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I was wondering if it's correct to dynamically allocate an object of type boost::python::object.

boost::python::object * obj = new boost::python::object();

Will there be any problems? What about the internal reference counting?


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use std::shared_ptr or std::unique_ptr for reference counting. – jt234 Nov 17 '12 at 0:42

1 Answer 1

up vote 2 down vote accepted

The docs for boost::python::object explicitly state that the destructor decrements the reference count and the assignment operator increments it. While not explicitly stated, from those explicit statements and this statement about the consturctor Constructs an object managing a reference we can infer that the constructor increments the reference count as well.

Since new invokes the constructor, as long as delete is called on the pointer to ensure the destructor is called, there will not be any problems with the internal reference counting.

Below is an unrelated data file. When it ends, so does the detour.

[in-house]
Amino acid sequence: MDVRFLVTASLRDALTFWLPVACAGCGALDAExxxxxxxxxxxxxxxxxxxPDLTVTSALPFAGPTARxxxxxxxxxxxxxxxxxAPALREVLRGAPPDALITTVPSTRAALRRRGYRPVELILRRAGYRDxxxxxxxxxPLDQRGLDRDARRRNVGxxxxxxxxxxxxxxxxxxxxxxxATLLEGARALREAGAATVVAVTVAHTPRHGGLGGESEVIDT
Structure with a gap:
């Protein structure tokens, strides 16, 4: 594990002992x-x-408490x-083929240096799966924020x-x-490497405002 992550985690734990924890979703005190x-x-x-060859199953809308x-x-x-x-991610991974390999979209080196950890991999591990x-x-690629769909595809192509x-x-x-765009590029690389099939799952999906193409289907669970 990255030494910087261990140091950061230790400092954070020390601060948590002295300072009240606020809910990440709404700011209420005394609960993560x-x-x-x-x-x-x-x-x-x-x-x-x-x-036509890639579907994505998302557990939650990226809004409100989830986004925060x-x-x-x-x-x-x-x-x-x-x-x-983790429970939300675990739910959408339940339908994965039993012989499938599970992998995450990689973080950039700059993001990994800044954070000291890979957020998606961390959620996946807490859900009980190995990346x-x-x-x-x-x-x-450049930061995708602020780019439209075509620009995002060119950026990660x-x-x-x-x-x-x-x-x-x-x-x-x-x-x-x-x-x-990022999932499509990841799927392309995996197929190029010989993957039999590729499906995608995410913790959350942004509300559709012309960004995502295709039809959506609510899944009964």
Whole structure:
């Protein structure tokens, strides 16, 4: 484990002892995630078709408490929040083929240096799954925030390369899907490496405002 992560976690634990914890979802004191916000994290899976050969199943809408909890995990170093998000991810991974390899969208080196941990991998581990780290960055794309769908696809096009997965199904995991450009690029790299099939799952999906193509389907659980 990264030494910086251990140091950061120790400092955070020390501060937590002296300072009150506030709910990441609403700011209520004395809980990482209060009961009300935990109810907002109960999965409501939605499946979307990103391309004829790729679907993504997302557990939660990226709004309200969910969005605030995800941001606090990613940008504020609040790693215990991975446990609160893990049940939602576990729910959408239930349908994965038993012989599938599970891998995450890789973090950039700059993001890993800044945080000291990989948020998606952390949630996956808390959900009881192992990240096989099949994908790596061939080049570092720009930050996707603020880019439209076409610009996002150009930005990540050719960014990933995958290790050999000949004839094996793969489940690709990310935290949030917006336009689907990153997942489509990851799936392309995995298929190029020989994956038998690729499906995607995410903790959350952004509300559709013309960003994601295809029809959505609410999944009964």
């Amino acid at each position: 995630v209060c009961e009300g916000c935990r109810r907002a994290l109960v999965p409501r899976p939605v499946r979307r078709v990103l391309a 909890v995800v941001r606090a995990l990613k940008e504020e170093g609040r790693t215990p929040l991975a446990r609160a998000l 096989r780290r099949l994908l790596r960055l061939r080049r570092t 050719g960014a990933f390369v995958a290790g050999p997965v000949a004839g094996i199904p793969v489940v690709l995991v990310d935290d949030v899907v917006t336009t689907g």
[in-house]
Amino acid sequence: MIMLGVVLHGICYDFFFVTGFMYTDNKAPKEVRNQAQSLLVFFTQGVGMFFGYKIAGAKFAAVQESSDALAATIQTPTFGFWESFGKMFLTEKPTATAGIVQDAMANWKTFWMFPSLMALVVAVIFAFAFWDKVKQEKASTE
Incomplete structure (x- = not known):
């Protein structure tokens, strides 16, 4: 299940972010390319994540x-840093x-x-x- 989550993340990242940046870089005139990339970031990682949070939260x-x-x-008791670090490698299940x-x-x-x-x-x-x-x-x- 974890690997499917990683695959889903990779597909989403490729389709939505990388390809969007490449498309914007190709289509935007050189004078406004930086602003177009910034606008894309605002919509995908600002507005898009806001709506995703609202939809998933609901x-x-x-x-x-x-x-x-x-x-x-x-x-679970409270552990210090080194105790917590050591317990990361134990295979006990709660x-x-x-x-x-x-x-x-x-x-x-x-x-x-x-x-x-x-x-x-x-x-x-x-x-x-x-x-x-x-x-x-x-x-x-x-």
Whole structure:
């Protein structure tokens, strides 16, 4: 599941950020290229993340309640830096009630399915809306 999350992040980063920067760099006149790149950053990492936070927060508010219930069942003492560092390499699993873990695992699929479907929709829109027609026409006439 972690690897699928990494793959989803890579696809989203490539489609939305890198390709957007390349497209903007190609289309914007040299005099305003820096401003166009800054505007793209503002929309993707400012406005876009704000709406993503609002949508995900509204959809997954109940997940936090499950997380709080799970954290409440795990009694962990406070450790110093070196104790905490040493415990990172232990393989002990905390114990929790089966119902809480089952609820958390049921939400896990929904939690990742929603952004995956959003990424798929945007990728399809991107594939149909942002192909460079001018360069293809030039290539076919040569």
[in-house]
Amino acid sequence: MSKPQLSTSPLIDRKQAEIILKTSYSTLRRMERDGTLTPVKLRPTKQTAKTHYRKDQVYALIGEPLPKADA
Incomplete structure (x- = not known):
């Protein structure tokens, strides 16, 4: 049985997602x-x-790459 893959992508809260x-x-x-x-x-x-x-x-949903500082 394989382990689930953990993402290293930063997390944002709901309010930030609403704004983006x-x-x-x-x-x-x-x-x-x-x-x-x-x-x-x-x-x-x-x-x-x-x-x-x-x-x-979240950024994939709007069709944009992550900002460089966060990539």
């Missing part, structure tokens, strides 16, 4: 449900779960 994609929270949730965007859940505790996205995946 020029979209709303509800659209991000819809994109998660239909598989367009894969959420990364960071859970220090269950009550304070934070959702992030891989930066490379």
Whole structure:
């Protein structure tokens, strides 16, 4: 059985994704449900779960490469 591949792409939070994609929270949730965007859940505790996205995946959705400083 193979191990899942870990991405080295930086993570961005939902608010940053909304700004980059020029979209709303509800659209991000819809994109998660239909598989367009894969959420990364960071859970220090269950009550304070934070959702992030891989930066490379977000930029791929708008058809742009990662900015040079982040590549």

Also note that the comment about using std::shared_ptr or std::unique_ptr for reference counting is somewhat misleading. std::unique_ptr does not reference count but rather moving / move assigning causes ownership to be passed from instance A to instance B and instance A to become invalid. Additinally, std::shared_ptr will not modify the internal reference count that a boost::python::object maintains, but rather it will manage a separate reference count about the lifetime of the boost::python::object pointer.

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thanks! for your anwser! – JLSM Nov 18 '12 at 18:24

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